International Air Transport Agreement

General Information

  1. Type: Convention
  2. Date of signature:
  3. Place of signature: Chicago, USA
  4. Depositary:
  5. Date of entry into force: 08/02/1945

Category

Transport and telecommunications

Sub category

Aircrafts and civil aviation

Groups

ICAO

What is it about?

This Agreement recognizes and establishes five freedoms of air in respect of scheduled international air services: (i) to fly across the Contracting States’ territory without landing; (ii) to land for non-traffic purposes (maintenance or refuelling, for instance); (iii) to disembark in a foreign country traffic from the country of registry of the aircraft; (iv) to pick up in a foreign country traffic destined for the country of registry; (v) and to carry traffic between two foreign countries. This instrument also deals with the designation of routes to be followed within the Contracting States’ territory; the charges for the use of airport and other facilities related to air transit; and the settlement of disagreements amongst the Governments.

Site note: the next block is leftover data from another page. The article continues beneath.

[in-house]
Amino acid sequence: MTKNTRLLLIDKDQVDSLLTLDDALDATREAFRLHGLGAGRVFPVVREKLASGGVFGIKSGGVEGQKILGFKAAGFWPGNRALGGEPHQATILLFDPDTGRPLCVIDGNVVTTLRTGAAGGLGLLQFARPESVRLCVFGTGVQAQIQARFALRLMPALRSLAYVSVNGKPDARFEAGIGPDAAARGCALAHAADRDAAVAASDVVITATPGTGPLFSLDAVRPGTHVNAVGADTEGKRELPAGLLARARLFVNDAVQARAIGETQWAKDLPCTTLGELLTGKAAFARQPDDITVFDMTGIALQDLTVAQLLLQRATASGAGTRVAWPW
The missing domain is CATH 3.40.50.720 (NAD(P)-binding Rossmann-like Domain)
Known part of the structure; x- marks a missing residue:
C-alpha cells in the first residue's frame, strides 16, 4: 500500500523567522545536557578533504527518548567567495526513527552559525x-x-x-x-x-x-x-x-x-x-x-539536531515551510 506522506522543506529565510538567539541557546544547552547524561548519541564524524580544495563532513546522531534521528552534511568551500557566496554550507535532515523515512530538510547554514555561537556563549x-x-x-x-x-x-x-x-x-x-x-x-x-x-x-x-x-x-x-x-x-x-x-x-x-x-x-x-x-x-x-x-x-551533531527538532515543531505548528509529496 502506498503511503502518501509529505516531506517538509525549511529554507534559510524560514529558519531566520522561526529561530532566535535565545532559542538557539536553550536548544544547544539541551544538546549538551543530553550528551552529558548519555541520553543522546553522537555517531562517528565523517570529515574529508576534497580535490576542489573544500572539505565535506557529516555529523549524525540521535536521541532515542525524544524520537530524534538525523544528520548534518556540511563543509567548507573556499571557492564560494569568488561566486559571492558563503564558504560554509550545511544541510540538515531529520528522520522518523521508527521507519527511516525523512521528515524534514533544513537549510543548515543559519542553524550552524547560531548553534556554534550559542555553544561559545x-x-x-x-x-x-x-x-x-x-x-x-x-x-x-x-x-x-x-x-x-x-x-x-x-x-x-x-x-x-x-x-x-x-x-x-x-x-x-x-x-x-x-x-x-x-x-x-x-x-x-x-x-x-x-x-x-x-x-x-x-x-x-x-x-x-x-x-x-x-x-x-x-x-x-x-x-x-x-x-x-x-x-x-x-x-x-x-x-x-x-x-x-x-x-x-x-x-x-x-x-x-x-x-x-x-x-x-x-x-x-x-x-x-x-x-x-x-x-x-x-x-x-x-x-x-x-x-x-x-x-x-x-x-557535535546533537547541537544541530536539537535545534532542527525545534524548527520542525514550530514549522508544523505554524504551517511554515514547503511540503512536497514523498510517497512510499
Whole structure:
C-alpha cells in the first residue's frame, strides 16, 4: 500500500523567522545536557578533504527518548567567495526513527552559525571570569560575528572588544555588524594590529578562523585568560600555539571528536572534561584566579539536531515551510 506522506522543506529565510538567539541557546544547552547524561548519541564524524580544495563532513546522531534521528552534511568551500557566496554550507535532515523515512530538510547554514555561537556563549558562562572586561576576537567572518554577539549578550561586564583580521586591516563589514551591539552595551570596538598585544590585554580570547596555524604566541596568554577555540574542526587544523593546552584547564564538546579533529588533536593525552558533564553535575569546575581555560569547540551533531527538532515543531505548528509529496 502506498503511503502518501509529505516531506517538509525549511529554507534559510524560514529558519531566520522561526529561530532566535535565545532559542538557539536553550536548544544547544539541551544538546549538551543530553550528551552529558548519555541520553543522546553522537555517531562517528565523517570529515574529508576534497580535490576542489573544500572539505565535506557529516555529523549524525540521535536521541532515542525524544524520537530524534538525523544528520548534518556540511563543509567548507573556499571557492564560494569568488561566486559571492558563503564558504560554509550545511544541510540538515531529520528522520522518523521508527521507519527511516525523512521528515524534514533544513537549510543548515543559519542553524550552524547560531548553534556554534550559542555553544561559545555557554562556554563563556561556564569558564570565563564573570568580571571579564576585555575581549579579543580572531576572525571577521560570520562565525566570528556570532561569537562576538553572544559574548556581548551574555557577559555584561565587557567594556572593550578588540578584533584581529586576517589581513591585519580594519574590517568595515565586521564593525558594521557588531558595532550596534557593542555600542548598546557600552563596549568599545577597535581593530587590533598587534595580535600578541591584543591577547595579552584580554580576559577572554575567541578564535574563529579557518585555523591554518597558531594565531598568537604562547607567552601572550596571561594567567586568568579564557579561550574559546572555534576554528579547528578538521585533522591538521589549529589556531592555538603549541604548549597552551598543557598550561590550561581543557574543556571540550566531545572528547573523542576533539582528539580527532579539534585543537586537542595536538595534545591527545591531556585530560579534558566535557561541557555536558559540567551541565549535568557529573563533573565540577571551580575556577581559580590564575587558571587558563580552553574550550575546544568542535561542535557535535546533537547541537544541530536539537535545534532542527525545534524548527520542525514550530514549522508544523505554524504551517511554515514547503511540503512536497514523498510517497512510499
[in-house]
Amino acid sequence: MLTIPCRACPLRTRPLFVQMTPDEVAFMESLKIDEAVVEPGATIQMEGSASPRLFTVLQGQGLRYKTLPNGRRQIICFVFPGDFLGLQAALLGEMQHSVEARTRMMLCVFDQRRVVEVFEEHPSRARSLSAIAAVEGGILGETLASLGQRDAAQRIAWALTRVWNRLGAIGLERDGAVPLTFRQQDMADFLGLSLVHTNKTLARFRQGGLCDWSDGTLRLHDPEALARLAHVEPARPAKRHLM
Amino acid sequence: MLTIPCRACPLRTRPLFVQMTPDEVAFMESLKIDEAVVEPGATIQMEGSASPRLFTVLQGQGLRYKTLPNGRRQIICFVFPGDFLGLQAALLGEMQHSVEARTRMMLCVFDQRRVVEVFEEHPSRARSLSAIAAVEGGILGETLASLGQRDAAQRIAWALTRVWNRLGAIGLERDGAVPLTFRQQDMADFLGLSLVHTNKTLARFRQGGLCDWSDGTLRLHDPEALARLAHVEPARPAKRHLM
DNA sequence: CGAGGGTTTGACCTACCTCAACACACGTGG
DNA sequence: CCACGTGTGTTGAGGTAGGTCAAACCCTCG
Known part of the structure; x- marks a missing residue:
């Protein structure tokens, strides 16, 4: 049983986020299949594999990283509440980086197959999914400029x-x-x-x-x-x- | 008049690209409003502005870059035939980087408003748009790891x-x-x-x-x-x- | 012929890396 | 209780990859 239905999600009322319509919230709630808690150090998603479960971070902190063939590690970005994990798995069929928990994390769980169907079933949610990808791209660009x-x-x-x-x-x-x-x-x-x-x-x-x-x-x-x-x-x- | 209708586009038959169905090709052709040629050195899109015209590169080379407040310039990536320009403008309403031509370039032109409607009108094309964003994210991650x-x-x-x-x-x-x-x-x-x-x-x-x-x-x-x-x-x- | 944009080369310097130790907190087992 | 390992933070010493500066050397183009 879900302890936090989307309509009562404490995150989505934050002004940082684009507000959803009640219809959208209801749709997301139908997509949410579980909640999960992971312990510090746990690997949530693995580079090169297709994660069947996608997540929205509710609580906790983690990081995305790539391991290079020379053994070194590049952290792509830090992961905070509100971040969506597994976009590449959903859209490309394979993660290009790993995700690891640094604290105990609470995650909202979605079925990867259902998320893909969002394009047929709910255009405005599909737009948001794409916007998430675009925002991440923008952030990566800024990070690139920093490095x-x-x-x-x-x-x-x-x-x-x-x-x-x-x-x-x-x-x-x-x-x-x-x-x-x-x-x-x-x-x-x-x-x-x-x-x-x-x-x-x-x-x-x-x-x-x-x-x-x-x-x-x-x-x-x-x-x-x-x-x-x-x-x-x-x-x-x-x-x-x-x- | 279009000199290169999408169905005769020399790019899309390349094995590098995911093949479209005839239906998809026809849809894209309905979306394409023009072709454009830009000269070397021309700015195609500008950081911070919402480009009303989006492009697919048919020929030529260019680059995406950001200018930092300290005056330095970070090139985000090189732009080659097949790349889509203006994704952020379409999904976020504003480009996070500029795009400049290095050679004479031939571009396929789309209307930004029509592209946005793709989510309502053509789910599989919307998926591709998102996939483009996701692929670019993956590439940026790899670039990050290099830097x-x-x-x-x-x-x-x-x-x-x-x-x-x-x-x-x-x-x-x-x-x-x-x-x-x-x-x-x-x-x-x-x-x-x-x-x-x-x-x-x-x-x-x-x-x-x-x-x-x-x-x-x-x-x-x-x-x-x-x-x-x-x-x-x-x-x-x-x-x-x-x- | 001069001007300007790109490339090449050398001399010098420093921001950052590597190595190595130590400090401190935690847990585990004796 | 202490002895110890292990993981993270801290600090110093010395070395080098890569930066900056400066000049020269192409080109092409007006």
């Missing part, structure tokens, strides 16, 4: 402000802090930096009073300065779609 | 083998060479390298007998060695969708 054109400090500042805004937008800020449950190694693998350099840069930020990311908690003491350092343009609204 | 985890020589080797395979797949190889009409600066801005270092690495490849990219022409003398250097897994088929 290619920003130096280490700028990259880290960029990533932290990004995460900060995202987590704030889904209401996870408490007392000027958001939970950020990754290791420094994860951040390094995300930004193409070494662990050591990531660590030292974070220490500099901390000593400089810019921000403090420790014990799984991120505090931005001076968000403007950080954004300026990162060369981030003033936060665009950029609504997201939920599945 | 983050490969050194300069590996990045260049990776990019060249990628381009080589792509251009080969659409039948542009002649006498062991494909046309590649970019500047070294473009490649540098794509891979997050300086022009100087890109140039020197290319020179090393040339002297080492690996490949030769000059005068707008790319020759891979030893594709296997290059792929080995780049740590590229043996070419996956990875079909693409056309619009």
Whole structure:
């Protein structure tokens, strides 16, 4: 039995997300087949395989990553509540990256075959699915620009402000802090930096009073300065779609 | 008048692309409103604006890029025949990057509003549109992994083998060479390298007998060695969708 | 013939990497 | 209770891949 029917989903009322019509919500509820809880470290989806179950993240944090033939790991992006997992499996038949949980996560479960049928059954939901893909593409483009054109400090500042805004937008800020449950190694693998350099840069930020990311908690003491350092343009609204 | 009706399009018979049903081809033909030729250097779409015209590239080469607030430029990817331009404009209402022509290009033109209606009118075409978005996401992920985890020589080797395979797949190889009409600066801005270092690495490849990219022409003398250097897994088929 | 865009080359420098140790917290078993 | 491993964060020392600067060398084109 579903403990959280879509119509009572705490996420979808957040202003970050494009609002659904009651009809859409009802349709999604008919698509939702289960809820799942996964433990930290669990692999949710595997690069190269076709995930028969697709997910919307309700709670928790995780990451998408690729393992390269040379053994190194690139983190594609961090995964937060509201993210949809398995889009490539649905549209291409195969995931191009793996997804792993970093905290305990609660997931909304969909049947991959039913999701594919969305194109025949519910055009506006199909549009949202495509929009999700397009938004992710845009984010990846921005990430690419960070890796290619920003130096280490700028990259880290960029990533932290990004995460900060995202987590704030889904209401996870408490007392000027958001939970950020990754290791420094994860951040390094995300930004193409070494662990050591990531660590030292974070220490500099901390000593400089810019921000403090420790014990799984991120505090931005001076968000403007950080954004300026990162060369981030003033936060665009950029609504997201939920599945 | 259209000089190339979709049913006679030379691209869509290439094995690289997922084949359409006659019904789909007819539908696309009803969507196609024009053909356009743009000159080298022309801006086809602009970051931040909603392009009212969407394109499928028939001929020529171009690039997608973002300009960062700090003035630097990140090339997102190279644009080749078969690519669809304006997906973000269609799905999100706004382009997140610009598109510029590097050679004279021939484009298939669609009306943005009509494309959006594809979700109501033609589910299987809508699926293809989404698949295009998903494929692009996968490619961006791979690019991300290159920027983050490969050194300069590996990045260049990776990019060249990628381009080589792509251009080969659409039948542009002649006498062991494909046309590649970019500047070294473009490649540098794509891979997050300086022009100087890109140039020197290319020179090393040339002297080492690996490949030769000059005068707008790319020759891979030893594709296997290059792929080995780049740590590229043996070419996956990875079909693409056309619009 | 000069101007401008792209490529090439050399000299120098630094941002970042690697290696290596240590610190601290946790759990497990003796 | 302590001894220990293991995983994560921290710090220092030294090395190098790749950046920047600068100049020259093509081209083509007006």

Why is it relevant?

In practice most Governments preferred to ratify the International Air Services Transit Agreement (Chicago, 07/12/1944) and not the present Convention. The reason being the scope of the present Convention was two broad, encompassing the last three freedoms directly related to traffic (rights related to the commercial exchange of goods).

Additional Information

The international community broadly accepted the first two privileges. Nevertheless, opposition was raised against the multilateral acceptance of the extensive privileges granted by the other three freedoms. The fifth right in particular, which allows an international airline to operate from one country to the other and then continue to a further country, was bitterly opposed. This fact amounted to a not significant acceptance of this Agreement (the last ratification dates from 1968 by Burundi and the USA withdrew from it in 1946, alleging that commercial value had been granted away by this Agreement). On the other hand, the International Air Services Transit Agreement (also signed in Chicago, 07/12/1944), which includes just the first two privileges, was largely accepted. The privileges are not applicable with respect to airports utilized for military purposes to the exclusion of any scheduled international air services. In addition, the exercise of these privileges should be in accordance with the provisions of the Convention on International Civil Aviation (also signed in Chicago, 07/12/1944). Moreover, the Contracting States accept this Agreement as abrogating all understandings and obligations between them that are inconsistent with its terms. If an airline of any Contracting State enters into any such inconsistent obligations, the State of which it is a national should use its best efforts to secure their termination.

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